Goals And Objectives In Sales
Sales is all about how the product or service finds its way to the paying customer. Even the most innovative products will not find buyers if nobody knows them and they are not offered to anyone. It is crucial to find the right target group and get in touch with them. Sales work requires clear objectives so that a clear course is set and the question of “how?” is answered as early as possible.
Clear, Understandable, And To The Point: Objectives
A goal that is to be achieved at some point must not only appear dimly on the horizon. Instead, a clear definition is required with as little room for interpretation as possible, which could lead to incorrect interpretations and thus to misconduct. In short: clear words for clear goals.
A target that is too diffuse should be avoided. Although “15 percent more sales than in the previous year” leave little room for interpretation, a way to achieve the goal is not outlined here. It is better to give the objectives more precise outlines utilizing concrete activities. Activities or their results can be individualized, checked, measured, and, if necessary, better optimized in this way. In this way, the individual strengths of each employee can be determined and used more efficiently. An employee who likes the New customer acquisition gets along better; another is better at devoting himself to regular customers.
Furthermore, targets should not simply be prescribed from above. In this case, “simple” means: without prior discussion with the employee who has to achieve the goal or implement the necessary measures. Instead, the purpose should be conveyed in the context of a debate or an employee appraisal, allowing both queries and suggestions for improvement. Goals can then also be recorded using suitable software, and the employee should agree to this.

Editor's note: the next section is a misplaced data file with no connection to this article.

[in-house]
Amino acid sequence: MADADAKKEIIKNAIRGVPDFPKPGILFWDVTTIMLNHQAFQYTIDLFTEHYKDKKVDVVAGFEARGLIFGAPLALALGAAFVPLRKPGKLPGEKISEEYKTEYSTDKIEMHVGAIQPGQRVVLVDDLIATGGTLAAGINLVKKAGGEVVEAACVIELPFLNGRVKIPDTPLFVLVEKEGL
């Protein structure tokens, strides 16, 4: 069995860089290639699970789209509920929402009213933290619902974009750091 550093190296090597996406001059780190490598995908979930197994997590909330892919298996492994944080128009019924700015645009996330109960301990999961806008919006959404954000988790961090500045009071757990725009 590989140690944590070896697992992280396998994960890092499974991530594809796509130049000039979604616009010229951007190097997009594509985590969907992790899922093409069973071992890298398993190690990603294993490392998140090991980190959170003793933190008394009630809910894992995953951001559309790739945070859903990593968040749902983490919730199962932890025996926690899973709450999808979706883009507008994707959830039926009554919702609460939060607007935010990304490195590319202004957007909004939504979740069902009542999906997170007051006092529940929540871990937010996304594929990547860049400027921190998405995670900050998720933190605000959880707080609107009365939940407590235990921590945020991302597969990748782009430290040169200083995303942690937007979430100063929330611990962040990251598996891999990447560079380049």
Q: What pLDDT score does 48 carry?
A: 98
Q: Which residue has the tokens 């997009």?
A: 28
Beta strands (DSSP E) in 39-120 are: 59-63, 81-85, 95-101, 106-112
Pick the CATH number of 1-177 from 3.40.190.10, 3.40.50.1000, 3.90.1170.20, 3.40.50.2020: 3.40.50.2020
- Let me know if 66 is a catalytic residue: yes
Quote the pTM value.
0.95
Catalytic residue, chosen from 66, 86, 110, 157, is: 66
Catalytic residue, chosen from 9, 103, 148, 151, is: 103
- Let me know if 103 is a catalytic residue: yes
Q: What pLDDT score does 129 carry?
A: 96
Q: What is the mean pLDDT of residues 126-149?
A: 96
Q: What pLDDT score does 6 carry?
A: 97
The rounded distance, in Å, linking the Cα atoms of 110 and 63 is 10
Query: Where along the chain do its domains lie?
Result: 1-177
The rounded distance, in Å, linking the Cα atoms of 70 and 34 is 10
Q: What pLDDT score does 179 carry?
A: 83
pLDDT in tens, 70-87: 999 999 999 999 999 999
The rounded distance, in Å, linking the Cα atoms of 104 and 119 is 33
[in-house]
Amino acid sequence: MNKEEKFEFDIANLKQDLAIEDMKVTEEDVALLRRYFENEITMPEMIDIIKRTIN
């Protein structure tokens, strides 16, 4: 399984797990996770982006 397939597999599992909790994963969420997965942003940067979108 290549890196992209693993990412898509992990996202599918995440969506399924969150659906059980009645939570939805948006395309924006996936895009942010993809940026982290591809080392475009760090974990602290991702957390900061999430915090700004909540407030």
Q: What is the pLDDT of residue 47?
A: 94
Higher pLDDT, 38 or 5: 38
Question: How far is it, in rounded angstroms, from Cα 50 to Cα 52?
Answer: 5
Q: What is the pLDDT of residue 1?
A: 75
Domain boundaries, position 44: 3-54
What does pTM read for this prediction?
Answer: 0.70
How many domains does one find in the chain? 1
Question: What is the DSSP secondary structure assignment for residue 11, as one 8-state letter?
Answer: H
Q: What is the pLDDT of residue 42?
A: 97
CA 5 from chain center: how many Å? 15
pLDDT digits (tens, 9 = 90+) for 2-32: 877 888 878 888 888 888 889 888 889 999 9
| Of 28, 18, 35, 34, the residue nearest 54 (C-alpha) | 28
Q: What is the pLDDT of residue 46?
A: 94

Finally, the most critical question: is the goal set realistically at all? What to do if not? What other alternatives or measures are available?
The remuneration in many sales departments is based on key figures such as the increase in sales per quarter. The targets must be defined accordingly. Several typical metrics can represent quantitative goals in sales. Here are some examples:
- Sales volume
- Contribution margin
- Number of customer contacts gained
- Customer visits
Important factors must be taken into account when planning goals and evaluating the achievement of goals later on, for which the use of resources, skills, and values are of particular importance. The use of funds can, for example, be the budget for a marketing campaign include. Competencies relate more to the individual employees and answer, for example, the question of which concessions may be made to the customer concerning the conditions. The “how” is clearly in the foreground when it comes to values. Do the actions match the corporate image? Is it compatible with corporate behavior?
In addition to the quantitative goals, there are also the qualitative goals, which are primarily aimed at the company’s long-term success and less at the individual measures. Here are a few more examples:
- Organization of a seminar for further training of employees
- Carrying out a customer survey
- Establish the use of specific media
- Training of a new employee in sales
Such goals are harder to formulate and also not easy to measure. Therefore, the formulation of plans should accompany the characteristics used to determine success.